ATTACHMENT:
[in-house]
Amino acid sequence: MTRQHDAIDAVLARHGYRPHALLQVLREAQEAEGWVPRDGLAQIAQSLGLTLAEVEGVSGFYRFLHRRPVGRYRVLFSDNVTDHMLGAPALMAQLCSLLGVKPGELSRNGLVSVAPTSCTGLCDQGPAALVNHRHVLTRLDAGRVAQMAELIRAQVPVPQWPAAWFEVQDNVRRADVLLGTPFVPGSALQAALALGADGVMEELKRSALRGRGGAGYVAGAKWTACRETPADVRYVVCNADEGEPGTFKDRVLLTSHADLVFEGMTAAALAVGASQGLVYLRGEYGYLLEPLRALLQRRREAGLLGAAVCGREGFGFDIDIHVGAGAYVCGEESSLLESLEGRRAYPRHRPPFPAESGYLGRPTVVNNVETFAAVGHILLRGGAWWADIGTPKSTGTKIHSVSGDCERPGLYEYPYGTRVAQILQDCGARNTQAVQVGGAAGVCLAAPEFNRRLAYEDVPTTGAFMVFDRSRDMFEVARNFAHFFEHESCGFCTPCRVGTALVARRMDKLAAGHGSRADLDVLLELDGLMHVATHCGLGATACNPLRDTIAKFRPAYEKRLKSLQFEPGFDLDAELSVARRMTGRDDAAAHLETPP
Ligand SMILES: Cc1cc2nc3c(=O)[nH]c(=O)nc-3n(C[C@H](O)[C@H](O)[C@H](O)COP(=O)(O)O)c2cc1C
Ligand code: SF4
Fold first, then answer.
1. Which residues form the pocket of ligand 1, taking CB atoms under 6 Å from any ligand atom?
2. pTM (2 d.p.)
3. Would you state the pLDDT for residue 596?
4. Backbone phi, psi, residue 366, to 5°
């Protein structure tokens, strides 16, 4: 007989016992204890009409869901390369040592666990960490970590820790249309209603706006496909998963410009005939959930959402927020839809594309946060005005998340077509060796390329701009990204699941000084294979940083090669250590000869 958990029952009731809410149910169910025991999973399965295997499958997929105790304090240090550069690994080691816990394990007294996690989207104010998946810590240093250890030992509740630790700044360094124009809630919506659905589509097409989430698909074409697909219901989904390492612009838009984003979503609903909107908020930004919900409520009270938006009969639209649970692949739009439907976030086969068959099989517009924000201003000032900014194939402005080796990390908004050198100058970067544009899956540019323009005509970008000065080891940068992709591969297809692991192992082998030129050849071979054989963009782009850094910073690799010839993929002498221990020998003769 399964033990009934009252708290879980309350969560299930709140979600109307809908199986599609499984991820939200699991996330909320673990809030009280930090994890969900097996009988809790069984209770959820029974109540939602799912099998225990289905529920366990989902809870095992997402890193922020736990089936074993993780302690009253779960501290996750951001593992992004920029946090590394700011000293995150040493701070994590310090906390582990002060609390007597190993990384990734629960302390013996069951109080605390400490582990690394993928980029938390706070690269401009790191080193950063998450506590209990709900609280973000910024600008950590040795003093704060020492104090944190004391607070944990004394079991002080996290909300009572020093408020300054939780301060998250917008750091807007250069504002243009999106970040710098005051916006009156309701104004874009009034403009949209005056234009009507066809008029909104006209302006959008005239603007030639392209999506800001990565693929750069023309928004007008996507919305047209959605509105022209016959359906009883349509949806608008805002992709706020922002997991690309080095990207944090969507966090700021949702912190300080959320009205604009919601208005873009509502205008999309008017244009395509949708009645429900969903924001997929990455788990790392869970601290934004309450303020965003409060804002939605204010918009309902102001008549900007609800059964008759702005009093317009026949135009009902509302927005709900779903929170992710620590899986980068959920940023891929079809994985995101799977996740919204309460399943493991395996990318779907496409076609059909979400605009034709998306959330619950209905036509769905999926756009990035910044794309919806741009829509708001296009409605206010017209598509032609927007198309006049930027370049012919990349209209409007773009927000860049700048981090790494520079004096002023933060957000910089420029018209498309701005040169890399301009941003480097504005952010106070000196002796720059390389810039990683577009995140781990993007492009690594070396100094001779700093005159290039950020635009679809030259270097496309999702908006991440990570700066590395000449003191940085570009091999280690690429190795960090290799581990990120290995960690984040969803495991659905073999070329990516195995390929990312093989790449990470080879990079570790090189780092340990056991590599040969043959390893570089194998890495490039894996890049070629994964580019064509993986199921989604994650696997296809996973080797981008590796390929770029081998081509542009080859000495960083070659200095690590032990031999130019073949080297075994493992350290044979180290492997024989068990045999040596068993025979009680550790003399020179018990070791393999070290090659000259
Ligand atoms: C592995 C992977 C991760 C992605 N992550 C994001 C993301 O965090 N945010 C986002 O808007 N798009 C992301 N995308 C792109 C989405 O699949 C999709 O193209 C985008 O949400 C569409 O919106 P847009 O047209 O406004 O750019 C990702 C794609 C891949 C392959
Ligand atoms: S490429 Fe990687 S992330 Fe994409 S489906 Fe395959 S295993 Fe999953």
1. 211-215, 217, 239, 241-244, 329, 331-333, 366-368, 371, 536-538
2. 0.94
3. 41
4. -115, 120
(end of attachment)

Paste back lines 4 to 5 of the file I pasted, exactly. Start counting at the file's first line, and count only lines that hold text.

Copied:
Ligand code: SF4
Fold first, then answer.